Published in June, 2017
This is the second article in our series on the Fourth Industrial Revolution. In this article we will be focusing on how Machine Learning will change businesses, increasing efficiency and the speed at which customers expect to receive services via a business digital platforms.
At the heart of the Fourth Industrial Revolution lies Machine Learning, part of Artificial Intelligence. Artificial Intelligence itself is a relatively new, but hyper-paced technology relying on two interlinked breakthroughs, algorithms and data streaming at scale. Whilst many of these algorithms have existed for decades, the ability to process truly huge datasets is relatively new.
In a developed country the only way for the economy to continue to grow is if it keeps digitizing. In this new world, those who can process more data have a major advantage over those who cannot. This is because Machine Learning improves over time, as systems ‘learn from their mistakes’ and adapt to new situations as increasing amounts of data enters the systems. Amazon’s deep learning has major advantages over other retailers, simply because it sees more transactions and so it can make smarter inferences. In simple terms the more shopping baskets it sees, the more sales it can make.
In the wider world, there are many unpleasant consequences from such robotization of job roles. Much has been made of the ability for autonomous vehicles to replace truck and taxi drivers. Banking though is inherently a virtual business, moving value around the globe requires fewer physical atoms moving. By this logic it should be both more amenable to digitalization and more resilient to upheaval. Aside from the decreased need for physical bank branches, the new banking platform will allow for infinite expansion because of the high and fast – growing levels of smartphone usage.
Many banks, SunTec customers and others, are making great early strides, with better use of open interfaces, also known as Application Programming Interface (API) banking. They are increasing the mobility of their digital offerings and enhancing user interfaces to the level modern customers expect. Their next challenge immediately awaits them; how to further reduce friction across their services and become more responsive to customers current and future needs.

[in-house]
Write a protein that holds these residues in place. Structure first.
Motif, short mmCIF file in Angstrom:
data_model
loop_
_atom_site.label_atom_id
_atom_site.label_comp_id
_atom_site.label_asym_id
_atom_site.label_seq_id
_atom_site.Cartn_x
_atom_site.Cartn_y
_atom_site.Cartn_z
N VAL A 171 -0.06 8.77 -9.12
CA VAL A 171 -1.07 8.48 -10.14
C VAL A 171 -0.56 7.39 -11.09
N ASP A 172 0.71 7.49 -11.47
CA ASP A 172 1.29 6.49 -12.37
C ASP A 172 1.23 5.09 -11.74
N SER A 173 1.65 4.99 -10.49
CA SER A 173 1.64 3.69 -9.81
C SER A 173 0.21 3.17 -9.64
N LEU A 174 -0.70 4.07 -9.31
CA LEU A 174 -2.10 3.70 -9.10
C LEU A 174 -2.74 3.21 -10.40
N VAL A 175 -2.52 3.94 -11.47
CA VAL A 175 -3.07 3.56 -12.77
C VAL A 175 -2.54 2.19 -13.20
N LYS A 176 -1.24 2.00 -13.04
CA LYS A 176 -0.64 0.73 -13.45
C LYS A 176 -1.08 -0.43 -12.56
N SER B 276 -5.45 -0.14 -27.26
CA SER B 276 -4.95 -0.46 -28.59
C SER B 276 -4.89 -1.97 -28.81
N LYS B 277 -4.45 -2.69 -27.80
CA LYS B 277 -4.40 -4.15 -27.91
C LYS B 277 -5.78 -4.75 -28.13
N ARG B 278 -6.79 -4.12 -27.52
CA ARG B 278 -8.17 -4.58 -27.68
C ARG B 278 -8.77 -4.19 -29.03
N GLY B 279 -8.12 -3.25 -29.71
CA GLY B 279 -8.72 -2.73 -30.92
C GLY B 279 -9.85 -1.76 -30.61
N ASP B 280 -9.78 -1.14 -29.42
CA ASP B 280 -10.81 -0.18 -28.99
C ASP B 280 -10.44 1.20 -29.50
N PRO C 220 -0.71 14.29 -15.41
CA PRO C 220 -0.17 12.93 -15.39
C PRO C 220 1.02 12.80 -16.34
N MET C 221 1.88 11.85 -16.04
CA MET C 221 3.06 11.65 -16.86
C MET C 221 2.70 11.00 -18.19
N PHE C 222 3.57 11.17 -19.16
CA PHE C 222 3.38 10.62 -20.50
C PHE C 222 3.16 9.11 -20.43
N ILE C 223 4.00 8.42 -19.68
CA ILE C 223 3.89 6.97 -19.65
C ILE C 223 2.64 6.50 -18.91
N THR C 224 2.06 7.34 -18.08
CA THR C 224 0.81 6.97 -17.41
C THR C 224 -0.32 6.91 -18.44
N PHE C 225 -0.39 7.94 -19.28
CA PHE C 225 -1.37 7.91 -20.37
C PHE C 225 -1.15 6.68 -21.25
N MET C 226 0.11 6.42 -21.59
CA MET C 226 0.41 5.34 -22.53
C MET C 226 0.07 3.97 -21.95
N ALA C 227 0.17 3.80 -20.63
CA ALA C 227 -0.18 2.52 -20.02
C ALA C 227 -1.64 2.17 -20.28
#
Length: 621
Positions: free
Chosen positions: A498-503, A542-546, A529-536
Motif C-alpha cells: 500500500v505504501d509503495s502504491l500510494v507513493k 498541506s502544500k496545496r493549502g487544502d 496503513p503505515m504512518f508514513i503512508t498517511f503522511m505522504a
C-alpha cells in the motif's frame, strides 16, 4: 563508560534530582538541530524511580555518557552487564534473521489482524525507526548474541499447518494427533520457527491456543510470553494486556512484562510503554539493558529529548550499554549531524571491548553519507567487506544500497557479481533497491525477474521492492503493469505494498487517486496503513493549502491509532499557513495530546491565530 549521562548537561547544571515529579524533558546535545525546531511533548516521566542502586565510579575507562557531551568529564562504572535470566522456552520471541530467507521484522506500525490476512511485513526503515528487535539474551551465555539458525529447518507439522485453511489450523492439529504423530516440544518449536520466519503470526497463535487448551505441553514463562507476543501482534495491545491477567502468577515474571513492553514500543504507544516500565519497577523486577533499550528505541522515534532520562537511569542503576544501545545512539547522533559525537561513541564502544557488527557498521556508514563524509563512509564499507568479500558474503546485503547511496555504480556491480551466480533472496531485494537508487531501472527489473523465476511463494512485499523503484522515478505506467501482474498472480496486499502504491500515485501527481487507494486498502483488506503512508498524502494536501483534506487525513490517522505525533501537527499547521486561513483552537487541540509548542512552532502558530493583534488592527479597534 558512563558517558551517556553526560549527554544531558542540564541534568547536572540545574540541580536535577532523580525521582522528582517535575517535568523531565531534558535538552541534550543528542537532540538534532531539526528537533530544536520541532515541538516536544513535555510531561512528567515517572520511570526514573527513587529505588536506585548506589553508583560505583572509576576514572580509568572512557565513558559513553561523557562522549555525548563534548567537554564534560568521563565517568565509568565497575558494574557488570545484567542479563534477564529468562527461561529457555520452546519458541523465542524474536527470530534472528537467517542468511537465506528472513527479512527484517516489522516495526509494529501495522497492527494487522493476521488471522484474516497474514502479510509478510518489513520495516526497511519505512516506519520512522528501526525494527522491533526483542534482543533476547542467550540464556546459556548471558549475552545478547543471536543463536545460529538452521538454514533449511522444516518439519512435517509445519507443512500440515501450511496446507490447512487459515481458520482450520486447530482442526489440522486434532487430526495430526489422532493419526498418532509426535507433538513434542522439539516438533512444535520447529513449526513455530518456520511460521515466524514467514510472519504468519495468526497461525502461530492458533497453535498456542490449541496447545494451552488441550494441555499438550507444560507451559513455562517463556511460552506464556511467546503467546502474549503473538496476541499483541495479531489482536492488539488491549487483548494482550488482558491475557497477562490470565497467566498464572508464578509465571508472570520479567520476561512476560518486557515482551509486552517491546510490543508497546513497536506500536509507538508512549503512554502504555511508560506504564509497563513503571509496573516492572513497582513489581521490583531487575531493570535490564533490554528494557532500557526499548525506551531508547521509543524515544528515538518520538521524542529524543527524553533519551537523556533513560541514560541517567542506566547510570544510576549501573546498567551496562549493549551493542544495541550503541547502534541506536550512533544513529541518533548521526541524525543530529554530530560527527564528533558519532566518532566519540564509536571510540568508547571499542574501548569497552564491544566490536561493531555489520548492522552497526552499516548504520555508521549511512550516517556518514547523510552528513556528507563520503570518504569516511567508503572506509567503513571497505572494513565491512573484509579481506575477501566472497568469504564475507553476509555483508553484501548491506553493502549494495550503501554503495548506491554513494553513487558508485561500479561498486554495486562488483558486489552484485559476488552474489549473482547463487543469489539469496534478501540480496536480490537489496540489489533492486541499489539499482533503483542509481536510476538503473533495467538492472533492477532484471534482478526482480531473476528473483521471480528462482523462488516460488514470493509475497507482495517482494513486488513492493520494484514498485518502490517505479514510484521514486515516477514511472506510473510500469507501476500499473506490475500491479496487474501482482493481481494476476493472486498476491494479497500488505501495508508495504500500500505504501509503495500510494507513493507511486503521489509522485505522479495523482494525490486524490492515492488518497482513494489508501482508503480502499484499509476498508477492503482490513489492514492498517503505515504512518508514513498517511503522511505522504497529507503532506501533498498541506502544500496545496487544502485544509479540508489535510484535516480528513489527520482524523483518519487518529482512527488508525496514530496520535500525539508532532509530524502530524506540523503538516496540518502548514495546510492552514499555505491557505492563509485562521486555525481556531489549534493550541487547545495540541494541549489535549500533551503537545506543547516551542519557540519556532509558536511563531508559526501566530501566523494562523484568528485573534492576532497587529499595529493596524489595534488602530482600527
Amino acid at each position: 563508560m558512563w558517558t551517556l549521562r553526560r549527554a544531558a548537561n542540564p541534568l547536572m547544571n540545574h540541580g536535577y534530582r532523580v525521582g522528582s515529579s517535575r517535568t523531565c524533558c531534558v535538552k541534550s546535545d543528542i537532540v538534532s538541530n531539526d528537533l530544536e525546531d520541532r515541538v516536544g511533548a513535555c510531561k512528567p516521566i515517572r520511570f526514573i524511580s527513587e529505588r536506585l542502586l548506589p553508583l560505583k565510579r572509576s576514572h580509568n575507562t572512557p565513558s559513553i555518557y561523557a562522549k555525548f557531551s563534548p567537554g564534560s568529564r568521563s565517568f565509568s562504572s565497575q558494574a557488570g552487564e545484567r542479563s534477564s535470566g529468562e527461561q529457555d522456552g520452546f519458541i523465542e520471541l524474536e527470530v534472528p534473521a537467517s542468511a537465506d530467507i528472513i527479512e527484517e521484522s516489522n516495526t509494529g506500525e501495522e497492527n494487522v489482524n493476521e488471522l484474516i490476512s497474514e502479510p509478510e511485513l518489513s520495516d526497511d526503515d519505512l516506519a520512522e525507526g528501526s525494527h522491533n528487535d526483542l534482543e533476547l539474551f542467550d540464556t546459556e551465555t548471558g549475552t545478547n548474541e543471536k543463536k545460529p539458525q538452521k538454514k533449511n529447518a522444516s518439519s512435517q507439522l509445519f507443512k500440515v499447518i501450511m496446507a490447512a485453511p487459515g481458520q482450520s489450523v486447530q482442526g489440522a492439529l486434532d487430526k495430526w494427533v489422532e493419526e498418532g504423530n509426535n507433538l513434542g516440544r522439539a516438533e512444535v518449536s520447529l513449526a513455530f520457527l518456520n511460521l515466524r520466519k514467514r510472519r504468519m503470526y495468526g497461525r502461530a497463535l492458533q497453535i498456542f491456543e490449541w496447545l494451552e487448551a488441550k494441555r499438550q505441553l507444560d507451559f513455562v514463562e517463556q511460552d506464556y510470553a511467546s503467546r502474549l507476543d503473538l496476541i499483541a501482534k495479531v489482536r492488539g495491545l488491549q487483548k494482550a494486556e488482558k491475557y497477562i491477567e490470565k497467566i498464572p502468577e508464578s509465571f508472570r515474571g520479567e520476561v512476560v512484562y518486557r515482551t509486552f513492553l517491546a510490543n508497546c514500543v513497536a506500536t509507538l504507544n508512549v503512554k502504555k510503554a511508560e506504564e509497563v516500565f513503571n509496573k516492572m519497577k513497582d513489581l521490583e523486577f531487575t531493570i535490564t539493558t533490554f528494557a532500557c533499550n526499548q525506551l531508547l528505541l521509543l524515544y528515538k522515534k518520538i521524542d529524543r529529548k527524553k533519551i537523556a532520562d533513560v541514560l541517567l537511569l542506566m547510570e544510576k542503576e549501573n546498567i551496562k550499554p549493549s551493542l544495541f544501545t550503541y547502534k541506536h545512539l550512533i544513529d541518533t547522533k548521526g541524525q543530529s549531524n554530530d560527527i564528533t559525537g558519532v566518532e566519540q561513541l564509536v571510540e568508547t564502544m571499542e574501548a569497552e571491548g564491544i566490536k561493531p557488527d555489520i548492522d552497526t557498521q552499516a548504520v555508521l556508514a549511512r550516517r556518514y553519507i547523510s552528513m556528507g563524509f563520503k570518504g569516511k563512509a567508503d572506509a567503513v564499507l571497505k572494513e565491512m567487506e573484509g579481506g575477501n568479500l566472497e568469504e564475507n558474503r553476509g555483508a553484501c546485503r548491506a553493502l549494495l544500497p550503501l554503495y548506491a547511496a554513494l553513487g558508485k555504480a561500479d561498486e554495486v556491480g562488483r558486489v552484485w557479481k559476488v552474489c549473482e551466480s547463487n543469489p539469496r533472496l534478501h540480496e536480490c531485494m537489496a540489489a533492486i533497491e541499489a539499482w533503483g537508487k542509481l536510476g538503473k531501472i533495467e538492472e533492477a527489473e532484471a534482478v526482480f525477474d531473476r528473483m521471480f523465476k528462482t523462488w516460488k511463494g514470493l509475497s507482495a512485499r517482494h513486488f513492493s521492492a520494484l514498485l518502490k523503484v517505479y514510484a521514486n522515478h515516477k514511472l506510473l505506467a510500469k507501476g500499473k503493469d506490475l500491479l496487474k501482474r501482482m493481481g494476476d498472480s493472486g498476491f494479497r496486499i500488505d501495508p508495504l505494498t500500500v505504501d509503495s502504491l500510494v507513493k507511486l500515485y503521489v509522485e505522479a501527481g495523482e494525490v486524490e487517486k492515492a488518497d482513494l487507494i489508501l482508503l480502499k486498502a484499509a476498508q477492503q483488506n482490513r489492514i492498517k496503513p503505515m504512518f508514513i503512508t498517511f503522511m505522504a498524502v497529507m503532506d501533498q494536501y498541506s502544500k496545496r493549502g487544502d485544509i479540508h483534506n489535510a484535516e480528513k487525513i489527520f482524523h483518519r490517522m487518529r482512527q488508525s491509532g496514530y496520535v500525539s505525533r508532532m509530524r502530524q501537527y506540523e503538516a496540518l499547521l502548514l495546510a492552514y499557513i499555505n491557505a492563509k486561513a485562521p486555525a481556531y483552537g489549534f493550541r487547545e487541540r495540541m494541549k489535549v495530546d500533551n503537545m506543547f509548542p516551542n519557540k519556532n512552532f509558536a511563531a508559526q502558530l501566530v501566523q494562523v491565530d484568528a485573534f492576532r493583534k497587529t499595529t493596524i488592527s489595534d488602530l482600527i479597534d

The decision to adapt their mindset to digital innovation raises other dilemmas “Can I create all the services I need fast enough?” or “Would my customers be better served by someone else’s solution?” The pace at which mobile customers can force system changes means banks are best to focus on serving their chosen niche better than any rival. Inconveniently, this may only become clear after they have API-enabled their services and observed their customers’ reactions, it is a long game.
Ironically traditional banks have an inherent advantage over the challengers, they have established brands. For most, this means they still have the trust of their customers, so they can ‘see’ more transactions than anyone else. In other words, they ‘own’ the relationship with their customers. However, this does not mean traditional banks will inevitably win out. It does however lay out the ‘Innovators Dilemma’ at the heart of the Challenger Bank’s business model. Can they get to scale fast enough to prevent others from catching up?
In this article we have discussed how banks have certain advantages over challenges, in terms of customer relationships and data. This means the Machine Learning many are experimenting with today and the APIs they are developing, puts them at a clear advantage over challengers. In the concluding article in this series we will analyse how humans will be the key to navigating through this new digital revolution.